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IHAV Case Study Series: Felicity Oliver

By Charlotte Burchill

We asked Felicity some questions about her experience in politics and her advice for anyone seeking roles within the industry!

When and why did you first become interested in politics?


I studied politics at A Level, but if I’m being totally honest I didn’t really love at the time! I was feeling a bit lost needing a job after uni and so one night googled ‘what can I do with a law degree’. One of the options on the Law Society careers page was working for MP... I thought the job spec sounded alright and it led me to the work4MP website - the rest as they say is history!


Why did you study law and how does that help you in your job now?


I studied Law because I didn’t have a clue what I wanted to do in my career and I thought it would be ‘a good degree to have’. Law has given me a good grounding and has popped up in my career unexpectedly throughout the last decade. I never in a million years would have thought while studying Constitutional Law in first year of university I’d one day be using that knowledge of how bills pass while working in Parliament!


What has shaped your career journey to date?


Being open to new opportunities. I always swore blind early in my career that I’d never work in agency. Eventually I had a change of heart and ended up working for 2.5 years in two firms with a range of big name clients, getting a huge amount of experience and making some great friends while I was at it.


What is your standout career highlight?


I was lucky during my time at UK Music (the trade body for the UK Music industry) to work on a number of successful advocacy campaigns on policy issues.


After seeing the devastating impact of the Covid lockdowns on the sector, we designed and delivered the Let The MusicPlay campaign which helped to secure the £1.57bn Culture Recovery Fund from the Government – providing a vital line of support for many. It was a very cool moment going on Twitter and seeing A-List music stars retweeting the graphics that we’d been developing in the office just the week before!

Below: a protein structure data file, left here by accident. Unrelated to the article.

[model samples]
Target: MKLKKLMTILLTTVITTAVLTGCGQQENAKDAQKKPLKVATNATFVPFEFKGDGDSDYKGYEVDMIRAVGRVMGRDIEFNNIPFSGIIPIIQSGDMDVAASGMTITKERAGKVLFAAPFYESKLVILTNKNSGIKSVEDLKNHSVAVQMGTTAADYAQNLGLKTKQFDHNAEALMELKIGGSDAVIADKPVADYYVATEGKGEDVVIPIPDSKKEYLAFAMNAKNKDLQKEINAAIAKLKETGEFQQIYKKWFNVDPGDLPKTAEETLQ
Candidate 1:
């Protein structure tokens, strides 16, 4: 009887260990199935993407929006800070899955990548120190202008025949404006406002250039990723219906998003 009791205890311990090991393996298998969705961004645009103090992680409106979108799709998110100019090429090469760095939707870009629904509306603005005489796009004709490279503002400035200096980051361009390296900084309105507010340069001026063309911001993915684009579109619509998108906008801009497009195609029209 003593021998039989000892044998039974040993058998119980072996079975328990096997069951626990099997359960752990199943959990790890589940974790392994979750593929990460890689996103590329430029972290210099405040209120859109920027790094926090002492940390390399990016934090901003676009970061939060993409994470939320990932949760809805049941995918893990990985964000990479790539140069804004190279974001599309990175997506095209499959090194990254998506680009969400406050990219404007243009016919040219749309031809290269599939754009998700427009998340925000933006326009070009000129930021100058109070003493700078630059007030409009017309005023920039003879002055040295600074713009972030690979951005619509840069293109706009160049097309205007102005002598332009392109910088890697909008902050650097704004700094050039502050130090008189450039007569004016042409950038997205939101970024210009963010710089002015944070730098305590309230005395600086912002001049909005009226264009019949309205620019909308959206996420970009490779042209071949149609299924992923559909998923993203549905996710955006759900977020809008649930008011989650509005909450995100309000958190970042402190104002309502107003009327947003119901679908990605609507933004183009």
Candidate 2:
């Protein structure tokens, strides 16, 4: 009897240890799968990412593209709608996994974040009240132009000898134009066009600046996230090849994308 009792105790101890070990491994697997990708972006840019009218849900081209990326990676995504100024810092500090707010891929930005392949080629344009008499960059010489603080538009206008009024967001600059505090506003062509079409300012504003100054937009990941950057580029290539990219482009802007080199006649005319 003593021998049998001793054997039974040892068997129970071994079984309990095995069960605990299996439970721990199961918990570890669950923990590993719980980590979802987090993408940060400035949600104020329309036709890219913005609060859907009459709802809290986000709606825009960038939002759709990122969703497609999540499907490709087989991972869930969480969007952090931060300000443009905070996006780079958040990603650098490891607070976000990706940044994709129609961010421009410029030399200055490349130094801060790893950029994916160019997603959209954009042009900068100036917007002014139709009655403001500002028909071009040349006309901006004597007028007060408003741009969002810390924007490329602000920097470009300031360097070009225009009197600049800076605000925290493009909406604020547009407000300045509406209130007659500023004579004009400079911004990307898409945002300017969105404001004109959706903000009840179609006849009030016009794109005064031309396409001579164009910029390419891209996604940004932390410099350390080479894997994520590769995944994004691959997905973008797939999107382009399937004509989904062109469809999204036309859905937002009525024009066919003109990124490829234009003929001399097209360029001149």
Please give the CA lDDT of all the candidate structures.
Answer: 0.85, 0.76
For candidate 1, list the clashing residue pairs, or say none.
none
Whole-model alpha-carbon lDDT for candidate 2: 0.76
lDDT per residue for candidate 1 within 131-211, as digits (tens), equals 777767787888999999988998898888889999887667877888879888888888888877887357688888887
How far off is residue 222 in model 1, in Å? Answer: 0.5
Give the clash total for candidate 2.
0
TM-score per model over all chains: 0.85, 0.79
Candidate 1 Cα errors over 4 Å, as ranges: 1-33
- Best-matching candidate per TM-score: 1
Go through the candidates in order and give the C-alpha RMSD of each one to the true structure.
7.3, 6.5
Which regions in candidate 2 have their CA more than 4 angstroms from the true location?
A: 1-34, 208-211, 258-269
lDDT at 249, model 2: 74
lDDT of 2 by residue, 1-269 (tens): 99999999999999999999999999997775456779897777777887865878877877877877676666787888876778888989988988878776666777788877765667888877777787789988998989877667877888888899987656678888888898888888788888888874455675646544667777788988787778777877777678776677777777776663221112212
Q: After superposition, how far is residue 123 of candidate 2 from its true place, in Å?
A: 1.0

What does a typical week look like in your role?


It’s really varied. I can be planning events such as our annual conference on free television to organising receptions and all the logistics this requires – working with venues, coordinating suppliers, sorting guestlists. On other days I can be going to Parliament to meet with MPs and tell them about our work while also drafting briefing documents on issues that matter to us.


Do you have one piece of advice for someone getting started in their career?


I wish someone had told me the importance of networking early in my career. Don’t be afraid to reach out to people who you think sound interesting or work for a cool company. You might think it’s cringe or what can I offer in return, but you’d be surprised how many people love a natter about their jobs and how they got there. You never know what it might lead to and the worst anyone can say is no!

If you would like to be featured in our case study series, please get in touch:

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